The report can be downloaded from: http://econ.worldbank.org/view.php?type=5&id= 1111
Climate change and the forestry sector: possible legislative responses for national and subnational governments,
FAO Legal Papers Online No. 14,
by Kenneth L. Rosenbaum, March 2001 (CLIM-FO No. 6/2001)
This paper examines the developing law of climate change and discusses what issues legislative bodies may have to consider regarding climate change mitigation and forests. Forests would appear to have a major role to play in the international response to climate change. However, the many parties to the United Nations Framework Convention on Climate Change (UNFCCC) might reach different conclusions regarding the role of forests and appropriate legislation to foster that role.
• First, obligations of parties will differ, particularly between developed nations (Annex I parties) and other nations.
• Second, the role of forestry projects to counterbalance existing emissions is controversial. Some fear overreliance on such projects could hamper industrial development.
• Third, the rules for multiparty mitigation projects and trading of emission reduction obligations are still unsettled.
• Fourth, the legal issues raised by forest mitigation will overlap with legal issues raised by larger issues of mitigation and compliance.
• Fifth, the approaches taken will vary depending on local institutions, laws and needs.
• Sixth, the role of national legislation in compliance (versus international standards set by the parties) is still unclear.
To date, national legislative activity on the issue of forests and climate change has been slight. Countries have relied more on the creative use of existing legislation than on the creation of new legislation.
There are a few exceptions to this observation. Costa Rica has created a Certified Tradable Offset to attract developed nations seeking to sponsor mitigation projects. The first project funded under this mechanism has involved forests. The state of New South Wales in Australia has changed its property laws to recognize a separate legal interest in the carbon sequestration potential of forest land. The Dominican Republic has adopted a law that will allow it to create incentives for managing forests for environmental services such as carbon sequestration.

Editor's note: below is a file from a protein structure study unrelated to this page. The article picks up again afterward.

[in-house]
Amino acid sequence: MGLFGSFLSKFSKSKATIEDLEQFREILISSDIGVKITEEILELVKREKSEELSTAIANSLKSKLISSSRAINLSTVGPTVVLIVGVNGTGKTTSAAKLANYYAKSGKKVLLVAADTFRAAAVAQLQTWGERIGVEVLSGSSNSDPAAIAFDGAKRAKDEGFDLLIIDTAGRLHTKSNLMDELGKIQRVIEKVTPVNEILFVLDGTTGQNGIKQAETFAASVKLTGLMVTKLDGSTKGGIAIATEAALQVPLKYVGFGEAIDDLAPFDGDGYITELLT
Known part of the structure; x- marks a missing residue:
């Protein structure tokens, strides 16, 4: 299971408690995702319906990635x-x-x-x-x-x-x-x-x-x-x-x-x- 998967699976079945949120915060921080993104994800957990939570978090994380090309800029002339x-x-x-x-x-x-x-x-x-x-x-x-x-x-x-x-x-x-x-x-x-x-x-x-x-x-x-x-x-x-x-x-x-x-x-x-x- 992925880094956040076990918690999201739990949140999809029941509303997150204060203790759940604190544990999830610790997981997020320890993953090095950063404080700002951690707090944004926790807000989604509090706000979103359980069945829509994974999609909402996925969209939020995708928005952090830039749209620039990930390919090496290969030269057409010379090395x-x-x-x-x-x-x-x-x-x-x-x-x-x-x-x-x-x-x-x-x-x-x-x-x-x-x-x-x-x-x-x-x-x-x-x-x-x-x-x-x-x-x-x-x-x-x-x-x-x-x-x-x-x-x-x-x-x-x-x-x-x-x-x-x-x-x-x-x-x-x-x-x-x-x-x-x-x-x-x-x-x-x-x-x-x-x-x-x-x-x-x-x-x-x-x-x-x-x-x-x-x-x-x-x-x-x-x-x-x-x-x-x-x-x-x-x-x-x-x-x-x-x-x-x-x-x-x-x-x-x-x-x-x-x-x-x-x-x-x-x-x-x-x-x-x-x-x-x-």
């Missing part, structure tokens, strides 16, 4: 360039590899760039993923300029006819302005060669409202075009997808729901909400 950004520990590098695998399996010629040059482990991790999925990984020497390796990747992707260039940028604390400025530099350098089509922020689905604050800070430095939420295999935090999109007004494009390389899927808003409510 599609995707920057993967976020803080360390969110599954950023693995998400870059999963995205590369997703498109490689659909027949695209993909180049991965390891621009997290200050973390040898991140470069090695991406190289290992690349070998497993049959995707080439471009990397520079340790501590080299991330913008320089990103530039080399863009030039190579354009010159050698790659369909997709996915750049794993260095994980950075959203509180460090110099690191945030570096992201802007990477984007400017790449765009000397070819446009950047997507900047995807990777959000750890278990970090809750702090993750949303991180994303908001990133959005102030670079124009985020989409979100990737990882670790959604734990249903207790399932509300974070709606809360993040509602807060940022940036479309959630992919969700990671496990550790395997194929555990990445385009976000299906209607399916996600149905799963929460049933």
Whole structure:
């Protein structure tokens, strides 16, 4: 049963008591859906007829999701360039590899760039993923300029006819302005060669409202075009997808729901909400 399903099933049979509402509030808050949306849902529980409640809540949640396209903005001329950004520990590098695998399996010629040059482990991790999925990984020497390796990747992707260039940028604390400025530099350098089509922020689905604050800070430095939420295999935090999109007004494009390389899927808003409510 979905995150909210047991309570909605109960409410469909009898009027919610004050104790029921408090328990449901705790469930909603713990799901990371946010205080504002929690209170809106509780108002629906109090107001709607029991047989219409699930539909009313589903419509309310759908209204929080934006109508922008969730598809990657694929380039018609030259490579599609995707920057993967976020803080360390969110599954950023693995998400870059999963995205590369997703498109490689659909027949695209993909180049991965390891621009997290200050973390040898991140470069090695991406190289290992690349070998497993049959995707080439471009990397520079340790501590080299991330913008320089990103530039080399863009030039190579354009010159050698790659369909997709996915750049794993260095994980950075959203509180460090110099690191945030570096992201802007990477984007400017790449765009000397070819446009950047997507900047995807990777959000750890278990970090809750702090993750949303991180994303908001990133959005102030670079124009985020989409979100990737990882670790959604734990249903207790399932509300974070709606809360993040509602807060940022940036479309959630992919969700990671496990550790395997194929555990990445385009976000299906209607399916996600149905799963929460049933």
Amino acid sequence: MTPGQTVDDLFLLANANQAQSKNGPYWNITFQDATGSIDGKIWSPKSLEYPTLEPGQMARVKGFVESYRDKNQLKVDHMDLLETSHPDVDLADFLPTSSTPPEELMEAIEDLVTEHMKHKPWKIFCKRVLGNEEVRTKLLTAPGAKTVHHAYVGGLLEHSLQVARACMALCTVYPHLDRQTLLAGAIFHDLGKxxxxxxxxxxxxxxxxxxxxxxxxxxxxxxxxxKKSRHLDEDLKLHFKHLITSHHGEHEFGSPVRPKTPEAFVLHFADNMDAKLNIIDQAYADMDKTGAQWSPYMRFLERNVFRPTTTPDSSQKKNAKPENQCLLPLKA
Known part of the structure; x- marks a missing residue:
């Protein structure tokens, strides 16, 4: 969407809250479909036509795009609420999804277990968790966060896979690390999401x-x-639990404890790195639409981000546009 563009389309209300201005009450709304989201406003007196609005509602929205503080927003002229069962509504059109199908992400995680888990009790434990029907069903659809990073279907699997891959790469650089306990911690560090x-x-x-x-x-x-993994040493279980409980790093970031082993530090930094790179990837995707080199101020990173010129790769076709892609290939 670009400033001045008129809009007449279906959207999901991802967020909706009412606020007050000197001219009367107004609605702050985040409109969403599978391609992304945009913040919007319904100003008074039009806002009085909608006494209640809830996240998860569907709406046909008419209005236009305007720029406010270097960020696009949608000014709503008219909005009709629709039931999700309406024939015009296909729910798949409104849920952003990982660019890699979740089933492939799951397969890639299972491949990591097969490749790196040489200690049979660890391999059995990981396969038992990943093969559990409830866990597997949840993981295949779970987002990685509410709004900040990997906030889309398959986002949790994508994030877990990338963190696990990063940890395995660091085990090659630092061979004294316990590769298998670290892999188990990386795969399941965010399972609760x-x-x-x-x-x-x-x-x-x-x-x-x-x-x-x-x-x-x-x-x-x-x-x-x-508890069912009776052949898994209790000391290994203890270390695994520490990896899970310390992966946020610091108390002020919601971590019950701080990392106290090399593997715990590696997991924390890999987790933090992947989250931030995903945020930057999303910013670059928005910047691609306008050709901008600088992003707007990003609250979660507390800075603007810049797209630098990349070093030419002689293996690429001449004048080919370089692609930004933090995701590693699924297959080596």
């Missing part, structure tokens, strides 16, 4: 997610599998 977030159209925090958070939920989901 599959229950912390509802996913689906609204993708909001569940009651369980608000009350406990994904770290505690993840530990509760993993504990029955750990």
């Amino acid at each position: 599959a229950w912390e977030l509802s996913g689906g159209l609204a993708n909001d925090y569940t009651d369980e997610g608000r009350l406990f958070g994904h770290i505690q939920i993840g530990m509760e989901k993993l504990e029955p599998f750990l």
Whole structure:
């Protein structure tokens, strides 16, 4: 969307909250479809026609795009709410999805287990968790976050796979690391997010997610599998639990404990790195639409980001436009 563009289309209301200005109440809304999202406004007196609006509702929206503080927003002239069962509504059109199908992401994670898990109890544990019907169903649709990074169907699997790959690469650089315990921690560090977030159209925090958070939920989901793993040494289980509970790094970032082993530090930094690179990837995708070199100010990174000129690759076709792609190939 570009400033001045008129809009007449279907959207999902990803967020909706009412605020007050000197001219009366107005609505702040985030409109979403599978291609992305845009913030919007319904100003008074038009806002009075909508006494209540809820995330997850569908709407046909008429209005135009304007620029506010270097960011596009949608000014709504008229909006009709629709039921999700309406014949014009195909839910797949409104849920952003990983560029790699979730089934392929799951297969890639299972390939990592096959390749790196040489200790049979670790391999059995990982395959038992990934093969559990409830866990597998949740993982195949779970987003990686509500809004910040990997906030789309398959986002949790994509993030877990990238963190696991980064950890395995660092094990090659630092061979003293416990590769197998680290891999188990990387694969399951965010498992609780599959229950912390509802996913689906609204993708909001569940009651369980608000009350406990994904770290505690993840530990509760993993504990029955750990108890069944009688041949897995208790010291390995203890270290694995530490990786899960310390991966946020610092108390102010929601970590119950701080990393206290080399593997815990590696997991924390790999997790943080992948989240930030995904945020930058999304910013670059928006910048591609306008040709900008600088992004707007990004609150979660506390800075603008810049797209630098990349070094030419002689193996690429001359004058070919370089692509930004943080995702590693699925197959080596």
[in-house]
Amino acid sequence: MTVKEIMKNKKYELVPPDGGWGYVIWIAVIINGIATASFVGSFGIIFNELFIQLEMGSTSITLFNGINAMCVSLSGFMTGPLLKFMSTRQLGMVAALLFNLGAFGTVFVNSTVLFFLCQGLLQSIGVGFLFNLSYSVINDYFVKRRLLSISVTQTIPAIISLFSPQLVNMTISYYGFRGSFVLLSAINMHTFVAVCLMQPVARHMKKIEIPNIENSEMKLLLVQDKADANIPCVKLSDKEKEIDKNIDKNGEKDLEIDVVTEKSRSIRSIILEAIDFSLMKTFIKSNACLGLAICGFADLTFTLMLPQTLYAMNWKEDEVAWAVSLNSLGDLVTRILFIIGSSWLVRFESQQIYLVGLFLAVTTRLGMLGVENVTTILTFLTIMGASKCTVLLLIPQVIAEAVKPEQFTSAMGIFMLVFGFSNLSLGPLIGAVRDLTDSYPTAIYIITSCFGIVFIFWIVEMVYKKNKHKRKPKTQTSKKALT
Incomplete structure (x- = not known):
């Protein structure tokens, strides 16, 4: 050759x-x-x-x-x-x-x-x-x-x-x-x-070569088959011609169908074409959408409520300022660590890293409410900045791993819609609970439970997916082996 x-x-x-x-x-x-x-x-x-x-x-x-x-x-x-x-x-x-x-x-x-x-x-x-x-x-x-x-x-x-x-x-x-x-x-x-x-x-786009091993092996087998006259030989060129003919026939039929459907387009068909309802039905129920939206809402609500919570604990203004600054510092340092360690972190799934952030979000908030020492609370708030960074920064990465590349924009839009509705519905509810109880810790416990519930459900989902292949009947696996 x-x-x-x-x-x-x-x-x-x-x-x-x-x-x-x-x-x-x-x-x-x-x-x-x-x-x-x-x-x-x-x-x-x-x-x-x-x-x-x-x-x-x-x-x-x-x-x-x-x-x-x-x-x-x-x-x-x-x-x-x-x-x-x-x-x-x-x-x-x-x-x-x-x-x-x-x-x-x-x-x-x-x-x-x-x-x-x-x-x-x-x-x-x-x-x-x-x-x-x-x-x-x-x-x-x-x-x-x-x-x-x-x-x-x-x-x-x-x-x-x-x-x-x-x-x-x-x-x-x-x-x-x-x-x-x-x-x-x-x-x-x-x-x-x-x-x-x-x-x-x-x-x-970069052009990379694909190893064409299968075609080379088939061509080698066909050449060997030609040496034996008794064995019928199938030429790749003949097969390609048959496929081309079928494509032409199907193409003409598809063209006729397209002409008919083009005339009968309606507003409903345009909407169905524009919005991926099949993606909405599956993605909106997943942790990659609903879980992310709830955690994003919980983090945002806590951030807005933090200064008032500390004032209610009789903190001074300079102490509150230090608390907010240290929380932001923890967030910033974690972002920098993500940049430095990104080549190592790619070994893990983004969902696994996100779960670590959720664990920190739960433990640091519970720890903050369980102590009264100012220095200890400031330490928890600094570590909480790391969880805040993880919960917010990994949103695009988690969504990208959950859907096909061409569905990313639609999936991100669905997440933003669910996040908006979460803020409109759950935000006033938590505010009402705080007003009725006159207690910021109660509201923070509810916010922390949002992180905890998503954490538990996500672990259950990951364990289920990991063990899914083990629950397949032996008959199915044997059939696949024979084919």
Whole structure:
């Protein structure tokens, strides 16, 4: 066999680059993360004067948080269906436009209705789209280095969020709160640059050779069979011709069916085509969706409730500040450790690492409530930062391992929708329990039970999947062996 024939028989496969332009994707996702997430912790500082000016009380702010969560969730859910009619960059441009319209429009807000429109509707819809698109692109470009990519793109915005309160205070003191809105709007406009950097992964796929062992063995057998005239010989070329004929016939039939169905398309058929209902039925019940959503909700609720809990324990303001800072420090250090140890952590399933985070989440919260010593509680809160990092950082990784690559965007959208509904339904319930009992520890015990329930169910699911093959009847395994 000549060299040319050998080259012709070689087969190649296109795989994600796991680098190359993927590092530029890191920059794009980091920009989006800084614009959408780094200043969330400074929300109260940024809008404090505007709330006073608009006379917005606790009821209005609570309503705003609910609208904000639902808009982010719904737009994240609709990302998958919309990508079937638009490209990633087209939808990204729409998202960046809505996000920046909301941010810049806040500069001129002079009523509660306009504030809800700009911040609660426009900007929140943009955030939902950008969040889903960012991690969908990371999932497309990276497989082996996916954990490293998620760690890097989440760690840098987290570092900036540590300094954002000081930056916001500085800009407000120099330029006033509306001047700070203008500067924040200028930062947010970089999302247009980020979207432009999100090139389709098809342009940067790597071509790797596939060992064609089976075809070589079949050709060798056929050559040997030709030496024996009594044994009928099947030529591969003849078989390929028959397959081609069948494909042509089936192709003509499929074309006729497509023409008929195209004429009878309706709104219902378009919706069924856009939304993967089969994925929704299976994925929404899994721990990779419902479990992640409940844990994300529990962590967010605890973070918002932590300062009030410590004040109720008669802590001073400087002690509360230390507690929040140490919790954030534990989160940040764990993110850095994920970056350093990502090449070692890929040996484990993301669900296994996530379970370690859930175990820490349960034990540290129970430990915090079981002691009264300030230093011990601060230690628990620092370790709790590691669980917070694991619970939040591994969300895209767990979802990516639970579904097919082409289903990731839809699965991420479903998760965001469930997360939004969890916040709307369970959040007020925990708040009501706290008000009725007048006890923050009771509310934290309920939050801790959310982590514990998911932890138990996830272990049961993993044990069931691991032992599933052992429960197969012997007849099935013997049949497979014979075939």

The possible issues that could arise in new legislation are broad. A nation interested in developing market-based systems to promote carbon sequestration in forests may have to address issues such as these:
• Who owns the carbon sequestration potential and can that ownership be transferred?
• How is the size of the potential to be determined?
• How can the government promote orderly sales or other transfers of potential ownership?
• How will the law allocate the risk of failure of carbon sequestration projects?
• Will the law assess liability for damaging a forest’s carbon sequestration potential?
If a nation wishes to take a regulatory approach, at least three avenues are open to it. It can regulate forest use and management directly. For example, it could limit harvests or require prompt reforestation of harvested or degraded areas. It can regulate the manufacture and use of forest products, aiming at reducing waste and decay. Or it could regulate greenhouse gas producers in ways that encourage them to invest in greenhouse gas sinks.